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Should There Be An End To Remakes?

September 9, 2019

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Should There Be An End To Remakes?

Jacob Grindstaff

In recent years, 90s nostalgia has increased. The comeback of scrunchies, old band t-shirts and vintage outfits prove people’s longing for a return to the past. Not only does the fashion industry reflect this craving, but the film and television industry does as well. The desire for a throwback to the good old days seems to have overshadowed the necessity for original content.

Remakes of classic movies have created major buzz in the media. Walt Disney Pictures has majorly contributed to the buzz with live-action remakes of its classic movies. 

These remakes take advantage of the sentimental childhood memories of many, which causes a problem. The movies are categorized as money-grabbers due to their minimal originality, like the 2019 version of “The Lion King.” Other than CGI technology and some current pop culture jokes, the film lacked differences from the 1994 version. Though faced with criticism by fans of the classics, the movies still make major earnings in box offices. 

According to CNBC, since Disney started making remakes in 2010 they have made $7 billion worldwide.  In 2019 alone, the company will release four remakes, with many more in the works. Two of these movies, “Aladdin” and “Dumbo,” have made the top 10 highest-grossing movies of 2019, according to Paste Magazine

Though remakes have short-term monetary success, love for the originals deny them long-term success. Many of the remakes lack what make these classics heart-warming. They do not get a chance to outshine the originals. The remakes are always compared to their parent film. The movies are predictable since they are based completely on the originals. Film-goers also might have a negative mindset toward the movie because of the bias they have for the original. These factors make the remakes fall short from the movies they are based on.  

Though the remakes have their own twist so it does not fully copy the original, the concepts remain the same. Currently, the media faces a drought of original content. If production companies do not remake films, they release sequels for already profitable franchises, despite how new content could also have success.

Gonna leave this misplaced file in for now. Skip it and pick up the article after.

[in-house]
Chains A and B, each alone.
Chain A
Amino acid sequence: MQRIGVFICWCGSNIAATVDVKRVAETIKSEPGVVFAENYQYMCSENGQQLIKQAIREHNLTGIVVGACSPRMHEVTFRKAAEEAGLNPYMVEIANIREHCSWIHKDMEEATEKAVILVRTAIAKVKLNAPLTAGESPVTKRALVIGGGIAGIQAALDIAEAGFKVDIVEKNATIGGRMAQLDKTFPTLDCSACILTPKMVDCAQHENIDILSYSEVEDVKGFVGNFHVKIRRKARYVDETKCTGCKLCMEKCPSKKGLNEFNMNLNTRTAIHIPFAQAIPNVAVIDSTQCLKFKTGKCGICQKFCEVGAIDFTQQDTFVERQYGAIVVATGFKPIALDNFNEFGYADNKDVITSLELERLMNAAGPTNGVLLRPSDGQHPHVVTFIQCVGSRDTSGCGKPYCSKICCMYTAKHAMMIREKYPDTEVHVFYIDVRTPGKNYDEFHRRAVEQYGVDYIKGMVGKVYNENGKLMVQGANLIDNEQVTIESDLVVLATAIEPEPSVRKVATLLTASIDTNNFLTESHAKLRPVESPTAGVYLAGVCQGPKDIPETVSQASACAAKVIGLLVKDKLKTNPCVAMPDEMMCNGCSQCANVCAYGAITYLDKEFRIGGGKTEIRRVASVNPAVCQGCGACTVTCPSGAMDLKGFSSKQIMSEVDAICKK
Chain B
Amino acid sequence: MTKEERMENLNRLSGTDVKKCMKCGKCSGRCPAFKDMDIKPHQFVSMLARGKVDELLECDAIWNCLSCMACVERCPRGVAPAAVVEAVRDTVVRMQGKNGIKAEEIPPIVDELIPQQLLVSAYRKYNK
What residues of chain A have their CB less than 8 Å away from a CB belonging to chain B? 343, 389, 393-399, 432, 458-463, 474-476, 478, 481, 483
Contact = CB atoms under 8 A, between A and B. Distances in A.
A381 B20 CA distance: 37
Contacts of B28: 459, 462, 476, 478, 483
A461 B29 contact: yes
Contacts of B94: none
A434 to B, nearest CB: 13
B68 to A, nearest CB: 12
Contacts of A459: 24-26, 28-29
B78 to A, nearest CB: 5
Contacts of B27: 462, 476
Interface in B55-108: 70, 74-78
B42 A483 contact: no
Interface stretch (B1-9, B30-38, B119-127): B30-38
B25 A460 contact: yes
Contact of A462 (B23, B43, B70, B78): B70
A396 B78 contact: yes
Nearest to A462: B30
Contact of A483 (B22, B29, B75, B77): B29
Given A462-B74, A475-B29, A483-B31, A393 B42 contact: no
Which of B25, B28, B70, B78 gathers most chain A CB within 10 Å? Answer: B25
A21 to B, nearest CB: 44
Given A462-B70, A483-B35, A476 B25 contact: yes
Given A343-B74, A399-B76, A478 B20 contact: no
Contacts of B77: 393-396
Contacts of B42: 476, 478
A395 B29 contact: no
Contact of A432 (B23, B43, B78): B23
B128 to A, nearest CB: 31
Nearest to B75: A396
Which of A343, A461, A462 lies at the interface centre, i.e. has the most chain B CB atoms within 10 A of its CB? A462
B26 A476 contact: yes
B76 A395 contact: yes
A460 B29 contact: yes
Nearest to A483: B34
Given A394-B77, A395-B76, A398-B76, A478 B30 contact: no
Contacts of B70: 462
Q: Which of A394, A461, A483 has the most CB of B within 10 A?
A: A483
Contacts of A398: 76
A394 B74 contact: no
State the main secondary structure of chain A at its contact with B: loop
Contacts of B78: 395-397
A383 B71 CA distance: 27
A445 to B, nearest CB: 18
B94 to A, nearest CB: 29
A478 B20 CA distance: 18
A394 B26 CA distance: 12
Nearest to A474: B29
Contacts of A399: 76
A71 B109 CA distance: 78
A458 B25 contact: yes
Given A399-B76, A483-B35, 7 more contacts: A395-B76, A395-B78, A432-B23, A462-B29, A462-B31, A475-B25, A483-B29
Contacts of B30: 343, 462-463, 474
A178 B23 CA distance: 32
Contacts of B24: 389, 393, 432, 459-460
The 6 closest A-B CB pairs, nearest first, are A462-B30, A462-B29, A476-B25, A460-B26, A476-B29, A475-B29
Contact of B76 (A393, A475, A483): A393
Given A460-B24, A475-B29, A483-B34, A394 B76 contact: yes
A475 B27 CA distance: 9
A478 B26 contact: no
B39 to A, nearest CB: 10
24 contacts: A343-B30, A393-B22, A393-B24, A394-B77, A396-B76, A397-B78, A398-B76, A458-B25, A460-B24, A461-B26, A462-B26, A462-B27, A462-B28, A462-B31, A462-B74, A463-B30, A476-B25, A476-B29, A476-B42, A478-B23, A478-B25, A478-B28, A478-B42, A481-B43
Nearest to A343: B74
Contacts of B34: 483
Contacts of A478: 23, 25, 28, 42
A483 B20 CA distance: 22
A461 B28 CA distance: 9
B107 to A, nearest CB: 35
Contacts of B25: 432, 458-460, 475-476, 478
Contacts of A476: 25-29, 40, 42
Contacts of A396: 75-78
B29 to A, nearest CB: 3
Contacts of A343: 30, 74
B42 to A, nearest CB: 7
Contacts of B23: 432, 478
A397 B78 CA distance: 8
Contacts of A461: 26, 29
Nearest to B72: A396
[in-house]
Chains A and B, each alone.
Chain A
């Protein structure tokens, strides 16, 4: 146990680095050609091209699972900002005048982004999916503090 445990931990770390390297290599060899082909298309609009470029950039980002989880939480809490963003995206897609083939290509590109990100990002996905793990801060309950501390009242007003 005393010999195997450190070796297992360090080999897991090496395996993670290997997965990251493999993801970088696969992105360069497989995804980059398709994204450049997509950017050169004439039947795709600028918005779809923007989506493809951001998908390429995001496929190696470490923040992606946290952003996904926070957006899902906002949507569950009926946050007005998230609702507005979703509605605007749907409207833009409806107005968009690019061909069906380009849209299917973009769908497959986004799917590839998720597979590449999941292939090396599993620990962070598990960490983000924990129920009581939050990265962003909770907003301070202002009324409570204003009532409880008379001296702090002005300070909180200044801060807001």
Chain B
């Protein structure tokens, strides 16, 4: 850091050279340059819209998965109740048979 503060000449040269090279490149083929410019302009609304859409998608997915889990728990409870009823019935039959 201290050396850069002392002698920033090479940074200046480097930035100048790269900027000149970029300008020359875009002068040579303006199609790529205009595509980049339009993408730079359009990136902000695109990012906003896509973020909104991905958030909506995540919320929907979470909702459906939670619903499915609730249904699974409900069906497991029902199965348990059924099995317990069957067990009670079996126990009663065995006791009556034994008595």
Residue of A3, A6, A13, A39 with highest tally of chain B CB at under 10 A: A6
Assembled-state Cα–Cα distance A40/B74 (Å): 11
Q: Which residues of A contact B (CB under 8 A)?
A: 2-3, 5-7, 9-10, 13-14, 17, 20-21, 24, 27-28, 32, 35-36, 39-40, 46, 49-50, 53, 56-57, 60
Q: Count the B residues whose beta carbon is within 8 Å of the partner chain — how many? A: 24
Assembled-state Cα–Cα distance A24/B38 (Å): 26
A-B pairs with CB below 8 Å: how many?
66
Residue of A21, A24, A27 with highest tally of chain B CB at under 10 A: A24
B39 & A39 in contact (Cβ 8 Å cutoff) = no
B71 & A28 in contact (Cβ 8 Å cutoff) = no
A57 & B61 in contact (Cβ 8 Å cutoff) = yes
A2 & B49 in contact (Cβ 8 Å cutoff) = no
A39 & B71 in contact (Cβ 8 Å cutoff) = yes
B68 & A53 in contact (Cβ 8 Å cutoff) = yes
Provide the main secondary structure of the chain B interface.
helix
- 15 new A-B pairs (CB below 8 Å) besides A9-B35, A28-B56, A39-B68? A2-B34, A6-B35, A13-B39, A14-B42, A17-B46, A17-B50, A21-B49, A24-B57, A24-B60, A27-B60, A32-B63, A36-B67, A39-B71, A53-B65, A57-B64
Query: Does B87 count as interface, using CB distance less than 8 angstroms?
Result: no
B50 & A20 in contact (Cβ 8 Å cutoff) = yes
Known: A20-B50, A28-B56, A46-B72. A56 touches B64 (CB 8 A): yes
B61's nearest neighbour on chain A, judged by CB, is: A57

Movies such as Disney Pixar’s “Coco” or Ari Aster’s horror movie “Hereditary” had major success and buzz prior to their releases. Both movies had new twists and concepts to add to their respective genre. “Coco” became one of the few Pixar titles to surpass $800 million in worldwide box office sales. According to The Hollywood Reporter, “Hereditary” earned $13 million its opening weekend, independent media company A24’s biggest opening. In many instances, despite praise, original content becomes overlooked because viewers do not want to risk wasting their time.

Due to the oversaturation of remakes hitting the big screens, many people instead focus on the release of indie films. These films provide a fresher take, new ideas and more artistic cinematography, instead of the basic storylines promoted in theaters currently. A24 has produced many popular films and had much success with new audiences, with many of their films creating Oscars buzz; a successful A24 film “Lady Bird” had three Oscars nominations in 2018 and, according to Box Office Mojo, raked in $78,965,611 for its worldwide total gross. This shows great success since it did not have as much publicity and media coverage as the 2018 version of “A Star is Born,” which earned $434,888,866 according to Box Office Mojo.

The production of remakes evokes a bittersweet feeling. The acknowledgement of classics that were so important in many a childhood provides comfort, but also creates a longing for new content that later generations might consider classics. Remakes are a surefire way for the movie industry to earn money. It feels as though focus on remakes should be reduced and more importance should be given to new, creative content.  As proven with films such as “Coco”, “Hereditary” and “Lady Bird,” original content can turn into hits in theaters and with audiences. Film-makers should think of creative ways to incorporate nostalgia for past decades into modern films so the remaking of classics stops.  

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